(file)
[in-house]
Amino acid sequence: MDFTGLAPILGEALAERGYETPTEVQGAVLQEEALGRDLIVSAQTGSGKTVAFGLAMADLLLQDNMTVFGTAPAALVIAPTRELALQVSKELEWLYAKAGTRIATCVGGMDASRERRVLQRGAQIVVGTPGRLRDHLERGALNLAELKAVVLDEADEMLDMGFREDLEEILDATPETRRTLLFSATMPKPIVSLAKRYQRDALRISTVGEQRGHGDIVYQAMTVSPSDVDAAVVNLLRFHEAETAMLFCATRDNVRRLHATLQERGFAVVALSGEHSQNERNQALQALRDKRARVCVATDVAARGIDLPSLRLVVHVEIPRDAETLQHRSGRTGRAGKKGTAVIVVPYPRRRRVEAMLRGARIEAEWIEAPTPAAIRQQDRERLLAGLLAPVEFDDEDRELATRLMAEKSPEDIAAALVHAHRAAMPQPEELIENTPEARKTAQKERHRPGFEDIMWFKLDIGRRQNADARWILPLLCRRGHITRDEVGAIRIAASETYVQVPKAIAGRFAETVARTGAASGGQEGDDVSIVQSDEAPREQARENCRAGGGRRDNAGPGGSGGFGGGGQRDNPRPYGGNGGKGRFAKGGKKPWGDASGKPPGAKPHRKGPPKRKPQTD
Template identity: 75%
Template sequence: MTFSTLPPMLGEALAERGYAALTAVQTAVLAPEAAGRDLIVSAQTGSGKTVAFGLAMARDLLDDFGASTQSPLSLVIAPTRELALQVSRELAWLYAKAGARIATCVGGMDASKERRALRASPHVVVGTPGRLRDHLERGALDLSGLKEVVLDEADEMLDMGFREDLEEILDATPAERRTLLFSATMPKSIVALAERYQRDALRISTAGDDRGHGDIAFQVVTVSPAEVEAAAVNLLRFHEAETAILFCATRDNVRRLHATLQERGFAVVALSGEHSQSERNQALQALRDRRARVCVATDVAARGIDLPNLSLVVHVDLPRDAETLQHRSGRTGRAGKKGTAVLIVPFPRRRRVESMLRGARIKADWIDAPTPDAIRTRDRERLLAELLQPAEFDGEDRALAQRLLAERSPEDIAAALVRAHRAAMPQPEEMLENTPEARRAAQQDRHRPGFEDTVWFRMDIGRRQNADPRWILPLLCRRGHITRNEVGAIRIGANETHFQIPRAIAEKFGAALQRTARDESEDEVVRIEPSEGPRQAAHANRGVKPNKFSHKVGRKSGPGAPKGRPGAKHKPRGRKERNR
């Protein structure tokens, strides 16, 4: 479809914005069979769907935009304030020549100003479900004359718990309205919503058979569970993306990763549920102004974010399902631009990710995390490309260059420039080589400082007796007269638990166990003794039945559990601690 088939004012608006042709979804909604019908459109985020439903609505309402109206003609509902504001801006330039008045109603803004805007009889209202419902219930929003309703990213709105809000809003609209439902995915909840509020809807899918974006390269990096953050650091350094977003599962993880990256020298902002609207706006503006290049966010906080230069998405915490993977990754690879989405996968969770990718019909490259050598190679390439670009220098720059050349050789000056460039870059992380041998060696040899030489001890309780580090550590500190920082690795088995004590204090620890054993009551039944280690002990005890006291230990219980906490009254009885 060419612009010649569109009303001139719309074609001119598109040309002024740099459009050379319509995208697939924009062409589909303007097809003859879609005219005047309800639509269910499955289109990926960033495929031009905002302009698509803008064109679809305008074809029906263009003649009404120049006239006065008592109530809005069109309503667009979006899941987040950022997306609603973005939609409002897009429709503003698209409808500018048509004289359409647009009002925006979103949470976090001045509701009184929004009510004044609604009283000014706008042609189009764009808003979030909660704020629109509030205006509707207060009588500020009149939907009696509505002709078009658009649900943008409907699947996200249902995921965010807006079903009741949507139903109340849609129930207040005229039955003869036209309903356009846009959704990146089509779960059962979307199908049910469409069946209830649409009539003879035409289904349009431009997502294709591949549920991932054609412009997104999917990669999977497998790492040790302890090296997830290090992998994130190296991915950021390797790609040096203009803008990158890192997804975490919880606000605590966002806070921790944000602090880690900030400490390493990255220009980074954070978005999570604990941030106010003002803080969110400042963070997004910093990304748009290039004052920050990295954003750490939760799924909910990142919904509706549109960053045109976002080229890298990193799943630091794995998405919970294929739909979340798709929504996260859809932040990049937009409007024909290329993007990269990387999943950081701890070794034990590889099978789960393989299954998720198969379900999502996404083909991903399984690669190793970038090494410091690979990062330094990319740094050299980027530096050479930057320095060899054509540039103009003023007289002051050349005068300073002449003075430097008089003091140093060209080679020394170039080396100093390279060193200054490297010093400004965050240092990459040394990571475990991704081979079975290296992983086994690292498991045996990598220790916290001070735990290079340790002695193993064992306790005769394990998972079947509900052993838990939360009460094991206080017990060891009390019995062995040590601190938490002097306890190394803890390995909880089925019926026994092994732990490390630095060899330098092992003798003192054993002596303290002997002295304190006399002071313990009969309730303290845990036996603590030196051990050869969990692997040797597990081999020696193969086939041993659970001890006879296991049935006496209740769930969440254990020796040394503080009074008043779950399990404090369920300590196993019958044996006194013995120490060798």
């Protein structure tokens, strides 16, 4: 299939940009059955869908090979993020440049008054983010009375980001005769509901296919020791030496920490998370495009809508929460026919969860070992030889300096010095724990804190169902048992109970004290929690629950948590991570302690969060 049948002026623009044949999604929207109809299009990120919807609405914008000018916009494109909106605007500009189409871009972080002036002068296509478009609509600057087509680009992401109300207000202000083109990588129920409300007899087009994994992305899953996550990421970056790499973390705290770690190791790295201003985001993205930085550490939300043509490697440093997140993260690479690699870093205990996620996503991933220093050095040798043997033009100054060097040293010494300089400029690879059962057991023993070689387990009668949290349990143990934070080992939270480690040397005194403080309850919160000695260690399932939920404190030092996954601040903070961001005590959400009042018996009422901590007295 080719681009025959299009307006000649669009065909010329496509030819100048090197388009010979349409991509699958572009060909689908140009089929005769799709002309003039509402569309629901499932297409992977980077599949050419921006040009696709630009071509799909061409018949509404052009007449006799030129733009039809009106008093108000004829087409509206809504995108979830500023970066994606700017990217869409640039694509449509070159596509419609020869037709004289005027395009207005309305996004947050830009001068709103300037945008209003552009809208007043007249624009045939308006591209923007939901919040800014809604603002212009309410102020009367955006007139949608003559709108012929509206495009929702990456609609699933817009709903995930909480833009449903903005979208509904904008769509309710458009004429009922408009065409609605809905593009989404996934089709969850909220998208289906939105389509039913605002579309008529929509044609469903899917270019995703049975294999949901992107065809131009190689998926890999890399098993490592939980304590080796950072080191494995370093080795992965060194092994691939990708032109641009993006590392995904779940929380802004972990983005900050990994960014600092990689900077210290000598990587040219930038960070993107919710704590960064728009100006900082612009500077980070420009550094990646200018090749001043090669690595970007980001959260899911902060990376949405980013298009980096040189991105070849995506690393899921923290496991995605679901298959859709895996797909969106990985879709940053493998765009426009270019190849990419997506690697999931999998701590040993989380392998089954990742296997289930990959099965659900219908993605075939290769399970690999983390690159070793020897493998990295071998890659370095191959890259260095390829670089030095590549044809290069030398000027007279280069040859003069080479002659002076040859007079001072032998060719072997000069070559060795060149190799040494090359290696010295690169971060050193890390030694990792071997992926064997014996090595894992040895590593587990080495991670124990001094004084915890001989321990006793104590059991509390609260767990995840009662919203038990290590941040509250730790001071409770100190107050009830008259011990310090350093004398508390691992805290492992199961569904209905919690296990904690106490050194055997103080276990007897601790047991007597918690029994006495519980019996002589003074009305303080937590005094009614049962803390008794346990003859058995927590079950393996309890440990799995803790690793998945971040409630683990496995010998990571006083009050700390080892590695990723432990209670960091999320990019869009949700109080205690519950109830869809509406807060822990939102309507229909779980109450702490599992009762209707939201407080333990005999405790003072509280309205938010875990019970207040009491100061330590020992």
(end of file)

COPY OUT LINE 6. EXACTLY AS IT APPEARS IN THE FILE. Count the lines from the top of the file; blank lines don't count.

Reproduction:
């Protein structure tokens, strides 16, 4: 299939940009059955869908090979993020440049008054983010009375980001005769509901296919020791030496920490998370495009809508929460026919969860070992030889300096010095724990804190169902048992109970004290929690629950948590991570302690969060 049948002026623009044949999604929207109809299009990120919807609405914008000018916009494109909106605007500009189409871009972080002036002068296509478009609509600057087509680009992401109300207000202000083109990588129920409300007899087009994994992305899953996550990421970056790499973390705290770690190791790295201003985001993205930085550490939300043509490697440093997140993260690479690699870093205990996620996503991933220093050095040798043997033009100054060097040293010494300089400029690879059962057991023993070689387990009668949290349990143990934070080992939270480690040397005194403080309850919160000695260690399932939920404190030092996954601040903070961001005590959400009042018996009422901590007295 080719681009025959299009307006000649669009065909010329496509030819100048090197388009010979349409991509699958572009060909689908140009089929005769799709002309003039509402569309629901499932297409992977980077599949050419921006040009696709630009071509799909061409018949509404052009007449006799030129733009039809009106008093108000004829087409509206809504995108979830500023970066994606700017990217869409640039694509449509070159596509419609020869037709004289005027395009207005309305996004947050830009001068709103300037945008209003552009809208007043007249624009045939308006591209923007939901919040800014809604603002212009309410102020009367955006007139949608003559709108012929509206495009929702990456609609699933817009709903995930909480833009449903903005979208509904904008769509309710458009004429009922408009065409609605809905593009989404996934089709969850909220998208289906939105389509039913605002579309008529929509044609469903899917270019995703049975294999949901992107065809131009190689998926890999890399098993490592939980304590080796950072080191494995370093080795992965060194092994691939990708032109641009993006590392995904779940929380802004972990983005900050990994960014600092990689900077210290000598990587040219930038960070993107919710704590960064728009100006900082612009500077980070420009550094990646200018090749001043090669690595970007980001959260899911902060990376949405980013298009980096040189991105070849995506690393899921923290496991995605679901298959859709895996797909969106990985879709940053493998765009426009270019190849990419997506690697999931999998701590040993989380392998089954990742296997289930990959099965659900219908993605075939290769399970690999983390690159070793020897493998990295071998890659370095191959890259260095390829670089030095590549044809290069030398000027007279280069040859003069080479002659002076040859007079001072032998060719072997000069070559060795060149190799040494090359290696010295690169971060050193890390030694990792071997992926064997014996090595894992040895590593587990080495991670124990001094004084915890001989321990006793104590059991509390609260767990995840009662919203038990290590941040509250730790001071409770100190107050009830008259011990310090350093004398508390691992805290492992199961569904209905919690296990904690106490050194055997103080276990007897601790047991007597918690029994006495519980019996002589003074009305303080937590005094009614049962803390008794346990003859058995927590079950393996309890440990799995803790690793998945971040409630683990496995010998990571006083009050700390080892590695990723432990209670960091999320990019869009949700109080205690519950109830869809509406807060822990939102309507229909779980109450702490599992009762209707939201407080333990005999405790003072509280309205938010875990019970207040009491100061330590020992």